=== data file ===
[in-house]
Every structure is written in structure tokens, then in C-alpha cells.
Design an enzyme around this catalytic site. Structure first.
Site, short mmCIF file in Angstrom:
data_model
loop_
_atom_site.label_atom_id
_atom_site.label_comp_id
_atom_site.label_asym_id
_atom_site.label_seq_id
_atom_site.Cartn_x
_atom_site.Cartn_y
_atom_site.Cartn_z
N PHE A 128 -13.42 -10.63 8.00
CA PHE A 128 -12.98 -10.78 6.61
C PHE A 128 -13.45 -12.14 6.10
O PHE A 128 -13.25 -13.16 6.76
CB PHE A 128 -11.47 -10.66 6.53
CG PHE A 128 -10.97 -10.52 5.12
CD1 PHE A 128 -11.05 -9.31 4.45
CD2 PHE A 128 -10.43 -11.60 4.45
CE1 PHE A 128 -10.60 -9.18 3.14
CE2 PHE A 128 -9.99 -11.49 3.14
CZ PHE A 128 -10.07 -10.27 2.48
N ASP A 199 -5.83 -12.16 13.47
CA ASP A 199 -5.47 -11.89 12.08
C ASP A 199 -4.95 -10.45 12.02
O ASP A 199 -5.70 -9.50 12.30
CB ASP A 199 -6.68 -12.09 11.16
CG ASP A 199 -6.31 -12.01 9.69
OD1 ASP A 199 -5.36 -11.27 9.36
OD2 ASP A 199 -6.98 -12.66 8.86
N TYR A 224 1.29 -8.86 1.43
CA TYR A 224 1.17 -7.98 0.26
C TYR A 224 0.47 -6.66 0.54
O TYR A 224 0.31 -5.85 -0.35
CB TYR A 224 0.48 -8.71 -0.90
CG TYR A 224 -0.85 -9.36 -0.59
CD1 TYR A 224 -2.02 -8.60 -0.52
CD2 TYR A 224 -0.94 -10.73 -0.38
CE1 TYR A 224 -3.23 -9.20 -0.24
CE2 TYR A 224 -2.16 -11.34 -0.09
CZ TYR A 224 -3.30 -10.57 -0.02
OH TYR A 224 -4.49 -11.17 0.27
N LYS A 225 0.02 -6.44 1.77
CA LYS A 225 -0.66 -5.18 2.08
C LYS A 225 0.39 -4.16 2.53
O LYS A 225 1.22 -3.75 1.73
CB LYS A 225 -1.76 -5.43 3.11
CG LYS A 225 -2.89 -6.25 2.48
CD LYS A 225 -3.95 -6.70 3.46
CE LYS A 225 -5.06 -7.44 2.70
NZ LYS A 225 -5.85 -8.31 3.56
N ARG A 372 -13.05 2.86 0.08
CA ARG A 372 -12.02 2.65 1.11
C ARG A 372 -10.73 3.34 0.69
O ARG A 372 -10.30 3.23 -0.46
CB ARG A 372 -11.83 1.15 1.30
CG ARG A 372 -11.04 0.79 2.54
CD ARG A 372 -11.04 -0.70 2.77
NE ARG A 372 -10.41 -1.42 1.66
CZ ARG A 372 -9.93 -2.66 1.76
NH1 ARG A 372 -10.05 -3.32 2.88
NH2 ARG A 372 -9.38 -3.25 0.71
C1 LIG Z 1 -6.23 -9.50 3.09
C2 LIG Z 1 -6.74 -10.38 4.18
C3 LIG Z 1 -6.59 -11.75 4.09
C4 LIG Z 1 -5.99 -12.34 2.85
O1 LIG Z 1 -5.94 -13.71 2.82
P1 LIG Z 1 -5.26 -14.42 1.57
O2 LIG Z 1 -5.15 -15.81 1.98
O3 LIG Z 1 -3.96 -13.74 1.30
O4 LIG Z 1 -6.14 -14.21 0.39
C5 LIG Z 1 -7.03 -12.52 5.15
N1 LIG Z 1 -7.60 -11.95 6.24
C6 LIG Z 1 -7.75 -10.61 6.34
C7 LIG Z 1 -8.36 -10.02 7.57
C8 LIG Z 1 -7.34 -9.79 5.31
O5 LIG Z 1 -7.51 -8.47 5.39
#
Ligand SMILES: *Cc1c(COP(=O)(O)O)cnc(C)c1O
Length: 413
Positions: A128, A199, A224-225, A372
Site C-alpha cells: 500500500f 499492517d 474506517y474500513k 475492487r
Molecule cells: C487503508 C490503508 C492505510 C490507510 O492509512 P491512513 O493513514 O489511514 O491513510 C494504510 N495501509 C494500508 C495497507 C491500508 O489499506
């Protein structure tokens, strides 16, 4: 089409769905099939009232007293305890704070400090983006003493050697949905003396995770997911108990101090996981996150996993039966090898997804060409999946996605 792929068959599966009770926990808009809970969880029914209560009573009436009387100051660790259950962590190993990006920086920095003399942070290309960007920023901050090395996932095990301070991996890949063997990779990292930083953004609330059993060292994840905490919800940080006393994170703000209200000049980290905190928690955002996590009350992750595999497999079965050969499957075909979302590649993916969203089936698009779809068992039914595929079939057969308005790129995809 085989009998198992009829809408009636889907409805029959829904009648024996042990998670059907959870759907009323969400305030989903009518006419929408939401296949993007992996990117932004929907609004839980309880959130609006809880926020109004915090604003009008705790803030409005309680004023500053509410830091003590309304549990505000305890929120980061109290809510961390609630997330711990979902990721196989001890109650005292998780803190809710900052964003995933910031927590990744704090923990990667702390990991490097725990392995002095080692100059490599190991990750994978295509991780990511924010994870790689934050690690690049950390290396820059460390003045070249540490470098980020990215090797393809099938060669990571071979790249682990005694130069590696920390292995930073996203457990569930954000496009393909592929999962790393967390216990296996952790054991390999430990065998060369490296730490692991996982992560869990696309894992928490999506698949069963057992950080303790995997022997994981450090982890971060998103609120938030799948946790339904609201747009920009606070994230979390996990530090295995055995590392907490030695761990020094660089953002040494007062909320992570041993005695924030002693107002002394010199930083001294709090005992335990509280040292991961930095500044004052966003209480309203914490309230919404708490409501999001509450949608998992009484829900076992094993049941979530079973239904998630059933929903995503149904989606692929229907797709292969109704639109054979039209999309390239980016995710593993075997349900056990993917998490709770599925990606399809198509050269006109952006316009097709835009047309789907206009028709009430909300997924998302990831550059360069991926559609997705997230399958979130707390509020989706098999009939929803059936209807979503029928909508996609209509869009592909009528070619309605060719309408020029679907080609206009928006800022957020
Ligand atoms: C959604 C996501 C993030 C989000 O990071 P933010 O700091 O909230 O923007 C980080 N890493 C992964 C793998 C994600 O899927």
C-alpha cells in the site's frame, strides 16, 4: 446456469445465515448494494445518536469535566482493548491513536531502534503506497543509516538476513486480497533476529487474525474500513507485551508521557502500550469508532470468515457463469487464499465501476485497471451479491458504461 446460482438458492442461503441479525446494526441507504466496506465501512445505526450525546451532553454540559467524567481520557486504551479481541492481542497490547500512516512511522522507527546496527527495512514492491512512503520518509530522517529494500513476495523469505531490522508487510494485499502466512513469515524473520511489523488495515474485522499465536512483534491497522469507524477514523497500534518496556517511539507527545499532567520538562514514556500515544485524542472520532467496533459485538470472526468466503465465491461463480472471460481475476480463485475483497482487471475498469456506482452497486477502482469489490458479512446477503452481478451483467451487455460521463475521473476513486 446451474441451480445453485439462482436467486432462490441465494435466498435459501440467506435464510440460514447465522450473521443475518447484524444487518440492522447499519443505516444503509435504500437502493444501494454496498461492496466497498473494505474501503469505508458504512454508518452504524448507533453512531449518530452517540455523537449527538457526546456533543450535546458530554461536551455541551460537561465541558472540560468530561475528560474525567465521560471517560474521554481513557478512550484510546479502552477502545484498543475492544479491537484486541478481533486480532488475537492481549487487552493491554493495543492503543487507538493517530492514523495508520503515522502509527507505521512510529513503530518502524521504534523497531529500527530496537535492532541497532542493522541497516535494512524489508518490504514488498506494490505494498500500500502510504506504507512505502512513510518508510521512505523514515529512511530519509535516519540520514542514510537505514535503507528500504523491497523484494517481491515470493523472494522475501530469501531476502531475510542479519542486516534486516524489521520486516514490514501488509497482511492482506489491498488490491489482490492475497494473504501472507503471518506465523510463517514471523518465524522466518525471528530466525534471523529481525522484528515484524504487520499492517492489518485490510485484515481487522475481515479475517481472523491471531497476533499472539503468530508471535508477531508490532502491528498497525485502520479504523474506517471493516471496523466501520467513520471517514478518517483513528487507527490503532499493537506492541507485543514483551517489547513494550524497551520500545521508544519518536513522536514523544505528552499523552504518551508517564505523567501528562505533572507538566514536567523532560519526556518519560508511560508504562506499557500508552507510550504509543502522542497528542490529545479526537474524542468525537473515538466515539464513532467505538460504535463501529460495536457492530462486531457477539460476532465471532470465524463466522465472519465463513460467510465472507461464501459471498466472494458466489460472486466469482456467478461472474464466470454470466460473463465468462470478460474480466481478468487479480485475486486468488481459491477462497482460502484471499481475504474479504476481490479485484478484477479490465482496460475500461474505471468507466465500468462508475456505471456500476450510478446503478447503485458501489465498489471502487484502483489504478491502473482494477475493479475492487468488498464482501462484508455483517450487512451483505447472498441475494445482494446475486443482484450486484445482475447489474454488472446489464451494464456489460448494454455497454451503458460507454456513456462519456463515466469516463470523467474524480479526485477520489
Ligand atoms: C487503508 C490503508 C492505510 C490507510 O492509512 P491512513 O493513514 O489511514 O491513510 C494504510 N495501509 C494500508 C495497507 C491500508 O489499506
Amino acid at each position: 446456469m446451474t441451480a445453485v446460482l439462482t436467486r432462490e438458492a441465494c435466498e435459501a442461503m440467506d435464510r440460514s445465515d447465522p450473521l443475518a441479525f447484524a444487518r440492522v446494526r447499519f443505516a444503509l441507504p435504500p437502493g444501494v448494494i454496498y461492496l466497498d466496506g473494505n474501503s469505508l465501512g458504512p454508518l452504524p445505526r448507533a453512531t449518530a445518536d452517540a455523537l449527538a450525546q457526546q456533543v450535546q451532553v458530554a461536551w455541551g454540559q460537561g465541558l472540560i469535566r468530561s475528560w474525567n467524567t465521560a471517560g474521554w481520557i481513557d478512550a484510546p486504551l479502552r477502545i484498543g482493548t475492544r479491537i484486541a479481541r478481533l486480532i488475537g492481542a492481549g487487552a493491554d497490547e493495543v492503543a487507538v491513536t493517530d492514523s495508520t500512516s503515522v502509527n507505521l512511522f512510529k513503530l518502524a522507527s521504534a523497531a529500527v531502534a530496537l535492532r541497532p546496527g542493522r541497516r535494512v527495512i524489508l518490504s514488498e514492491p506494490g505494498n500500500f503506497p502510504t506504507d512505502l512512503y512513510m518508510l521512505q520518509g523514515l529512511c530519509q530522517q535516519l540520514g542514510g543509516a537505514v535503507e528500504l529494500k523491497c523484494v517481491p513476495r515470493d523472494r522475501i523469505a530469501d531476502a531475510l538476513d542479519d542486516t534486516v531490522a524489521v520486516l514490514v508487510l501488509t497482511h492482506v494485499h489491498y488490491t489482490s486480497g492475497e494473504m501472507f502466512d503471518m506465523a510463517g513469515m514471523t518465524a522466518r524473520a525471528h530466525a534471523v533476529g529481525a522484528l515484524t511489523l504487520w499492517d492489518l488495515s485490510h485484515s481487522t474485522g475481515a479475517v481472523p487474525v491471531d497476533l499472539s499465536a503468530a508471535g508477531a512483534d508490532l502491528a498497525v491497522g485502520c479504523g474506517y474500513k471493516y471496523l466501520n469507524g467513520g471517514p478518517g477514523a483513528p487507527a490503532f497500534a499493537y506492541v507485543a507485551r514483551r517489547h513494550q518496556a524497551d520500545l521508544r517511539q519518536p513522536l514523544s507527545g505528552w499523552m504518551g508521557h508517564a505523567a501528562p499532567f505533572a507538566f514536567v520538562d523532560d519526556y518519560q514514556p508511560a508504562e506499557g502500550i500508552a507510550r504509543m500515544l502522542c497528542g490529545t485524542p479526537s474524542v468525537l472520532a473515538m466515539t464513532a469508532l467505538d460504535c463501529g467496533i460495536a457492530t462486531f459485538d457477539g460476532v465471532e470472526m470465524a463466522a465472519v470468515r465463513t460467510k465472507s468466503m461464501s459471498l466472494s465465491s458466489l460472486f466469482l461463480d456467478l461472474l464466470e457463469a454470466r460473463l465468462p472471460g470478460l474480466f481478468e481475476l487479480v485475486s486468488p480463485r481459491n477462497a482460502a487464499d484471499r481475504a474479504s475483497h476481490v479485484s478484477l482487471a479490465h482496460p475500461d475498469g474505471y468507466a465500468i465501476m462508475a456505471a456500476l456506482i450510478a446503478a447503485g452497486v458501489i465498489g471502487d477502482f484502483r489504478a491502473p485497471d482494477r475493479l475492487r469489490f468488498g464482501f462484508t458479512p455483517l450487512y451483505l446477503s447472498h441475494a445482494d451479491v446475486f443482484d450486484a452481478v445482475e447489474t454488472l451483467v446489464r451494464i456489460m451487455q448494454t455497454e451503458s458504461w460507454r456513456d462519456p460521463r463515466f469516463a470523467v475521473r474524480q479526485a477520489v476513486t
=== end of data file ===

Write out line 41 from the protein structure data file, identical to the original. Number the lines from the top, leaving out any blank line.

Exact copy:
CE1 TYR A 224 -3.23 -9.20 -0.24